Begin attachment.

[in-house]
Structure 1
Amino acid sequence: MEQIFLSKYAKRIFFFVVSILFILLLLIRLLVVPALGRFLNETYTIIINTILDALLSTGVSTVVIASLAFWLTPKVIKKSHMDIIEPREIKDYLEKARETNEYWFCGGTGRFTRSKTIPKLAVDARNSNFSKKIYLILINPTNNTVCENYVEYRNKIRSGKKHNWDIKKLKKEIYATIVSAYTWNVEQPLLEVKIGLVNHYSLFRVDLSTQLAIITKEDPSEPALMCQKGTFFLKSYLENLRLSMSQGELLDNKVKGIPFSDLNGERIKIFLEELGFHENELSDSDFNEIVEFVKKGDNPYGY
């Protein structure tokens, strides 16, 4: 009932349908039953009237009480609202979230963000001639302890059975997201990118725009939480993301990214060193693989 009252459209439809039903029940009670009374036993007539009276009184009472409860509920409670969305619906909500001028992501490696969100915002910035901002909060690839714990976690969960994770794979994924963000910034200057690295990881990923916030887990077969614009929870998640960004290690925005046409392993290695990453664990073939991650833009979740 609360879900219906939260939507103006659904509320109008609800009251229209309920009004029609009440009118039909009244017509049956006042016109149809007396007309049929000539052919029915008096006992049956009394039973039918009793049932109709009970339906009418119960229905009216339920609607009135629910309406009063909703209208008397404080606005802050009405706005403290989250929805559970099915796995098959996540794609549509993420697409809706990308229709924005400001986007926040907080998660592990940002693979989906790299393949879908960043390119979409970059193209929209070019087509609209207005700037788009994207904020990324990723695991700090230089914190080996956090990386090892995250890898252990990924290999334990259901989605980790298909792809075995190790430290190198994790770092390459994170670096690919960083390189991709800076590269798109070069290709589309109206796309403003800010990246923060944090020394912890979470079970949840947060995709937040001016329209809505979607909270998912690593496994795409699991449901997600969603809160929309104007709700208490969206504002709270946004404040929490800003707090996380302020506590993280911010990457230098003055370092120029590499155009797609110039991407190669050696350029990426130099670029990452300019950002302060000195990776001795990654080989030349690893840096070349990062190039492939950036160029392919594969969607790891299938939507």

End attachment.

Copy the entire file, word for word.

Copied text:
[in-house]
Structure 1
Amino acid sequence: MEQIFLSKYAKRIFFFVVSILFILLLLIRLLVVPALGRFLNETYTIIINTILDALLSTGVSTVVIASLAFWLTPKVIKKSHMDIIEPREIKDYLEKARETNEYWFCGGTGRFTRSKTIPKLAVDARNSNFSKKIYLILINPTNNTVCENYVEYRNKIRSGKKHNWDIKKLKKEIYATIVSAYTWNVEQPLLEVKIGLVNHYSLFRVDLSTQLAIITKEDPSEPALMCQKGTFFLKSYLENLRLSMSQGELLDNKVKGIPFSDLNGERIKIFLEELGFHENELSDSDFNEIVEFVKKGDNPYGY
């Protein structure tokens, strides 16, 4: 009932349908039953009237009480609202979230963000001639302890059975997201990118725009939480993301990214060193693989 009252459209439809039903029940009670009374036993007539009276009184009472409860509920409670969305619906909500001028992501490696969100915002910035901002909060690839714990976690969960994770794979994924963000910034200057690295990881990923916030887990077969614009929870998640960004290690925005046409392993290695990453664990073939991650833009979740 609360879900219906939260939507103006659904509320109008609800009251229209309920009004029609009440009118039909009244017509049956006042016109149809007396007309049929000539052919029915008096006992049956009394039973039918009793049932109709009970339906009418119960229905009216339920609607009135629910309406009063909703209208008397404080606005802050009405706005403290989250929805559970099915796995098959996540794609549509993420697409809706990308229709924005400001986007926040907080998660592990940002693979989906790299393949879908960043390119979409970059193209929209070019087509609209207005700037788009994207904020990324990723695991700090230089914190080996956090990386090892995250890898252990990924290999334990259901989605980790298909792809075995190790430290190198994790770092390459994170670096690919960083390189991709800076590269798109070069290709589309109206796309403003800010990246923060944090020394912890979470079970949840947060995709937040001016329209809505979607909270998912690593496994795409699991449901997600969603809160929309104007709700208490969206504002709270946004404040929490800003707090996380302020506590993280911010990457230098003055370092120029590499155009797609110039991407190669050696350029990426130099670029990452300019950002302060000195990776001795990654080989030349690893840096070349990062190039492939950036160029392919594969969607790891299938939507």